A cell phone is a mechanical device used for personal and business transactions. Because it is widely available, many people use cell phones to communicate. It is one’s property, kept and protected for privacy.
What happens if you are called in for questioning or accused of a crime? Are the police allowed to search your cell phone? If they are, then do they need a warrant to search your personal property?
What is a Warrant?
Before we go deeper into your civil rights in terms of searching cell phones, let us first discuss what a warrant is. A judge issues a warrant for various reasons and a just cause. These can include (put are not limited to):
- A suspect’s arrest
- Searching a suspect’s property
- Obtaining evidence
- Missing a date at the court
Types of Warrants
A federal or state judge issues a Chicago, Illinois arrest, or bench warrant. If you have one of these warrants and need help, please get in touch with our office.
A judge issues this court order for an individual’s arrest or detention for committing a crime. But, before issuing the arrest warrant, the judge has some considerations. We have the presentation of the law enforcement’s thorough investigation.
There are cases where the accused may post a bond before being released. There are also those who stay under the custody of the law enforcement. This is where interrogation happens. The law enforcement or prosecutors use those statements in the court. So, it would be best to get legal counsel.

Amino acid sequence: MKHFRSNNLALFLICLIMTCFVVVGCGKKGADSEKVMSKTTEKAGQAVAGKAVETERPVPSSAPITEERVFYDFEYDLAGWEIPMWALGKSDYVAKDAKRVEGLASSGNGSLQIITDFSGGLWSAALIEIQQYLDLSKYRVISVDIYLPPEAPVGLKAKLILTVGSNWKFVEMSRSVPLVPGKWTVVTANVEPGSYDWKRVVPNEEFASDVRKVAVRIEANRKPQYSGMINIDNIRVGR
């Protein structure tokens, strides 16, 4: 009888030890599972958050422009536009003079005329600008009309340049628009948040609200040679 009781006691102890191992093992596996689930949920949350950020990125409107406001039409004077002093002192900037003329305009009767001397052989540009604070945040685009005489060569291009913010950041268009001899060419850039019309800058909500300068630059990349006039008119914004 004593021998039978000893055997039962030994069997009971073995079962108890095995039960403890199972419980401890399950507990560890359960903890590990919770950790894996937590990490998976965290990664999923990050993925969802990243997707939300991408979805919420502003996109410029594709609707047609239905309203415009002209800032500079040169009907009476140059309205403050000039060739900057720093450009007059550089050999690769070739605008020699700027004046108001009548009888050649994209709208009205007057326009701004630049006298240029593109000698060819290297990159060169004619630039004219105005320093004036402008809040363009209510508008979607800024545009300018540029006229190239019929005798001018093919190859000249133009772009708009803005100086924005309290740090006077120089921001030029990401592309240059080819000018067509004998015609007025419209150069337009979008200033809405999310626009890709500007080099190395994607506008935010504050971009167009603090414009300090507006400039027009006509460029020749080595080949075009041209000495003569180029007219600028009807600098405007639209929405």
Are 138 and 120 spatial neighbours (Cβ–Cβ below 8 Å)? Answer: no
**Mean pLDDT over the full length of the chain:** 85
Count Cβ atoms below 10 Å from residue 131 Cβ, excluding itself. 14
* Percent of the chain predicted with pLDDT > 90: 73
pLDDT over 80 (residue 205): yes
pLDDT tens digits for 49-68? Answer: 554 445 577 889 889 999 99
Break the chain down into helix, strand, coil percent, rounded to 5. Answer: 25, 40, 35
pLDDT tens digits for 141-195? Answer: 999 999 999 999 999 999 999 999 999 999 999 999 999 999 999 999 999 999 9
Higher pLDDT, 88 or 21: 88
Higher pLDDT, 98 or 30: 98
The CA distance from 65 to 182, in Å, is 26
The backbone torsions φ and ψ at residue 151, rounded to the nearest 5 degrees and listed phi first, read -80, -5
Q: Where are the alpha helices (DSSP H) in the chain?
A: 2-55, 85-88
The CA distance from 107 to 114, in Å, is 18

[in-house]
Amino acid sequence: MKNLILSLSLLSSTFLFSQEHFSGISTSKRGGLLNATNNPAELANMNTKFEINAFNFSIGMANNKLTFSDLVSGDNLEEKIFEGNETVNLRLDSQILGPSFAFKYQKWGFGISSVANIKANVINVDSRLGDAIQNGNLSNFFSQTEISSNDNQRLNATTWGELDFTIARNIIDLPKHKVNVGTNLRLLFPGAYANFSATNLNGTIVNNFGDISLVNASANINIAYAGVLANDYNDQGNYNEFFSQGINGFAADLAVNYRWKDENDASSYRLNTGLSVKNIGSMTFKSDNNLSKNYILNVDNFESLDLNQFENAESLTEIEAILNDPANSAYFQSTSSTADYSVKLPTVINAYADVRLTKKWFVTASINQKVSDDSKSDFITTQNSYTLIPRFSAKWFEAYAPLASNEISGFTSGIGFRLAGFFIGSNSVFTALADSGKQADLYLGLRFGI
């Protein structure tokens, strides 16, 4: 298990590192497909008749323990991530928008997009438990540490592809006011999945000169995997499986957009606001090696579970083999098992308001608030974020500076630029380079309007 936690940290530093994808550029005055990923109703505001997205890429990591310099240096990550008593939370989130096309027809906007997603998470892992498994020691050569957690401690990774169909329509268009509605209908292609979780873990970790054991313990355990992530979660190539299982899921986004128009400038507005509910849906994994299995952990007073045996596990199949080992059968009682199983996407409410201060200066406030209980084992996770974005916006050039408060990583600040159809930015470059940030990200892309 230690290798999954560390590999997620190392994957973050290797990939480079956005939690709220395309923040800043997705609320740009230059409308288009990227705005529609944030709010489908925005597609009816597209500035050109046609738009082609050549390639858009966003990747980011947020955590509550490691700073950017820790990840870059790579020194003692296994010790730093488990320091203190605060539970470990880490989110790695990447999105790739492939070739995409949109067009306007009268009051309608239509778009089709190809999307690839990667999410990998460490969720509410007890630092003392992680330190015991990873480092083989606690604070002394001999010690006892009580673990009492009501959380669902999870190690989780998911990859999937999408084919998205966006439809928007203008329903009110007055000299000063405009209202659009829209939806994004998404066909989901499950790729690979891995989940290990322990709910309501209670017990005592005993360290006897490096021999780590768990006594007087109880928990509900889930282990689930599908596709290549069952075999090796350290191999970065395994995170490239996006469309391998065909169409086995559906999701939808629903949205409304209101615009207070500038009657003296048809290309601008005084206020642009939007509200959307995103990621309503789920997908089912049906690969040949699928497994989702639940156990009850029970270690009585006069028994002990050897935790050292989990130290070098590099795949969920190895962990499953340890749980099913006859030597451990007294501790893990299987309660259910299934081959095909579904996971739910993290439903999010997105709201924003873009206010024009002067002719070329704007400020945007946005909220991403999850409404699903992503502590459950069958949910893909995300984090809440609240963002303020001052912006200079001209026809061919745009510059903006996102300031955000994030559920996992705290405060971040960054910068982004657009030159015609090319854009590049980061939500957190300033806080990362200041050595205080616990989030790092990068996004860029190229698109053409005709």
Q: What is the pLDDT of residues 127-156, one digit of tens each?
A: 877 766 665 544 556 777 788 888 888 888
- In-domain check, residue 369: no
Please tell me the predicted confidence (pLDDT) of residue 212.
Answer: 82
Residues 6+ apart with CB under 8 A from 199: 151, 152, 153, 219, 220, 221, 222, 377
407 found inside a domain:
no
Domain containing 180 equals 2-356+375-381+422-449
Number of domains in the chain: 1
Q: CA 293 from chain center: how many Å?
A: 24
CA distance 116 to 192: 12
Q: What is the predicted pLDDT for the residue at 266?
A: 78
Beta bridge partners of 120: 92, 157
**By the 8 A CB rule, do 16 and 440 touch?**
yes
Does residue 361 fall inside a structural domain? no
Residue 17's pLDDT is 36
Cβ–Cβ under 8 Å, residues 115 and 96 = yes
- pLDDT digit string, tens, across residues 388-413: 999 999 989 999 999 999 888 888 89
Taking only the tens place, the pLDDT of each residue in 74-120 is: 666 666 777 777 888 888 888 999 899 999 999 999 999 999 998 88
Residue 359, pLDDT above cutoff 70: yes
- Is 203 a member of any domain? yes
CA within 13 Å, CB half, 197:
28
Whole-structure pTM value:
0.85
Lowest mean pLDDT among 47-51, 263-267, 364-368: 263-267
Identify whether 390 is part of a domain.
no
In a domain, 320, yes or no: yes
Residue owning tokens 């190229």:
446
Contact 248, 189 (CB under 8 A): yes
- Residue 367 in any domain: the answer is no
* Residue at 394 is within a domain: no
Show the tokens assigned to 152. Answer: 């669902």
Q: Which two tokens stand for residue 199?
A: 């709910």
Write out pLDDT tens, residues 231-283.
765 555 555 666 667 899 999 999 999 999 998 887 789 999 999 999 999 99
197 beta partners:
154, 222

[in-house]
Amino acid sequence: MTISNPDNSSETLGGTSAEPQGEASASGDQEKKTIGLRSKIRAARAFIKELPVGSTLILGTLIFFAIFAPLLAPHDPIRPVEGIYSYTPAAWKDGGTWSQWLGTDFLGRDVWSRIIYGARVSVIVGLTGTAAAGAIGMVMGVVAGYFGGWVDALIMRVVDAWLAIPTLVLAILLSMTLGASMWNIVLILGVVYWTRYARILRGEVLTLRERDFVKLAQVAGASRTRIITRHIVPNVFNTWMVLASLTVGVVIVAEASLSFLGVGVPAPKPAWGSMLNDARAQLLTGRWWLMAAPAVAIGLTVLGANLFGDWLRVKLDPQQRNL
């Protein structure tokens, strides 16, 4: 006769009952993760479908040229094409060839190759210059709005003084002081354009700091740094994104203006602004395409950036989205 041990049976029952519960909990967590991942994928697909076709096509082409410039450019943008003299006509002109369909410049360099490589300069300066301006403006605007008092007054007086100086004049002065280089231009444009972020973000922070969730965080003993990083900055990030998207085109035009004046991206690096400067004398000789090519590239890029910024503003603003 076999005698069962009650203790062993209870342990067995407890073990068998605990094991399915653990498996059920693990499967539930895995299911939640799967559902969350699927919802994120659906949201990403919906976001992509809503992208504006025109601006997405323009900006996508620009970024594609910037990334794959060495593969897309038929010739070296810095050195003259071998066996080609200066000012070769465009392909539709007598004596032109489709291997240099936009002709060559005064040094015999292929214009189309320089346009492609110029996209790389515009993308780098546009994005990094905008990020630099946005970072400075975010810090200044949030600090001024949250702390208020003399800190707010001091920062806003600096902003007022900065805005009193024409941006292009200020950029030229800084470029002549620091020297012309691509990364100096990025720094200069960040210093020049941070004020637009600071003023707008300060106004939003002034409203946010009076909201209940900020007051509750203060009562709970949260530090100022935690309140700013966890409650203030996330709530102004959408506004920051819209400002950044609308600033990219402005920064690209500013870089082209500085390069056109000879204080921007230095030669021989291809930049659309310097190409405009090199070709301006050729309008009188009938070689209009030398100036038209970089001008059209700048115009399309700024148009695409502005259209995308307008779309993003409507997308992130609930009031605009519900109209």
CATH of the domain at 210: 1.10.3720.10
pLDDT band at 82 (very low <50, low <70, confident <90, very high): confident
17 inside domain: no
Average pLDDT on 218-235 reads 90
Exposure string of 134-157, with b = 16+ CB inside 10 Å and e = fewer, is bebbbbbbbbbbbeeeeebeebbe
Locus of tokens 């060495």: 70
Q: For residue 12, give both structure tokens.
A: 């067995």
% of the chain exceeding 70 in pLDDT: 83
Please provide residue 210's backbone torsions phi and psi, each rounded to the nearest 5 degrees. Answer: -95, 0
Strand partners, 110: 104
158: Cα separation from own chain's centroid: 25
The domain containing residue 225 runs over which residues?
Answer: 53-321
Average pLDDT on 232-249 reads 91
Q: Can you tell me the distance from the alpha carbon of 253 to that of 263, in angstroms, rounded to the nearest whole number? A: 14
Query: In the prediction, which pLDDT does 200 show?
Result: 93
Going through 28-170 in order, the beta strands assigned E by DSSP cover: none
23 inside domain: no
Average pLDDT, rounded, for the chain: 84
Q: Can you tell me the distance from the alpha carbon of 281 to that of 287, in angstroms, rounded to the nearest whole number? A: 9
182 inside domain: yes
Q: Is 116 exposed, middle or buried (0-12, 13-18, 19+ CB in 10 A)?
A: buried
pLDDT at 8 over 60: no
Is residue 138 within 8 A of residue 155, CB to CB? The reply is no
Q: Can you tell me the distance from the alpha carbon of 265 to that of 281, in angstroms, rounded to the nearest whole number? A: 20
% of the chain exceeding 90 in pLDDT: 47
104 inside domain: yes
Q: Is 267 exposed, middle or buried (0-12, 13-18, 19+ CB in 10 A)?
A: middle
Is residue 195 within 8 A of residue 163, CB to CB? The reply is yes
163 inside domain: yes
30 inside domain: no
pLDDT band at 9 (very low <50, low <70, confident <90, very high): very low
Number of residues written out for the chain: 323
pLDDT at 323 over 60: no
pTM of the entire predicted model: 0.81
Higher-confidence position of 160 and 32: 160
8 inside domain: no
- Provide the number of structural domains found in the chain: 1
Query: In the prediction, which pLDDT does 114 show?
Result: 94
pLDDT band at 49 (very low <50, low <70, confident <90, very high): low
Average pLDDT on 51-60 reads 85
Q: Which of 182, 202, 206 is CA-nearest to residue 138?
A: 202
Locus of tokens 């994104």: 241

This is a warrant issued to the accused with bonds and they fail to appear in the court on the scheduled date. The law enforcement will then find and arrest the accused. He will face the court, and the judge decides his punishment.
If you are an accused subject to this type of arrest, then you should get legal counsel. Attorney David L. Freidberg is a professional in this area.
Is a Warrant Needed for Searching Your Cell Phone?
Going back to the issue about the police searching your phone, is a warrant needed? As an accused or a suspect, you have to know your rights.
In 2014, the Supreme Court ruled unanimously that upon arresting a criminal suspect, police may not search his or her cell phone without a warrant. This is to protect civil rights to privacy.
The news also states that electronic devices are not personal property falling in a category like vehicles or wallets. The search of cell phones is only allowed with probable cause or enough evidence. The cell phone needs protection with or without a warrant. This is to ensure the civil right to privacy or to secure any evidence kept within the cell phone.
Hiring Legal Counsel
As an individual, you have the right to get legal counsel. You need an attorney who you can trust and who can defend you. We are available to help you with your searching and warrant issues. You may visit Attorney David L. Freidberg at his Law Office at 70 W Madison St. #1450, Chicago, IL 60602.
You may contact the office 24/7 and someone will get in touch with you as soon as possible. If you wish to contact him for inquiry or advice, then you may reach him via phone at (312) 560-7100. You may also contact the office by e-mail. Feel free to send him a message at firstname.lastname@example.org. You may also browse our website to learn more about the services our office is able to provide.
(image courtesy of Aaron Burden)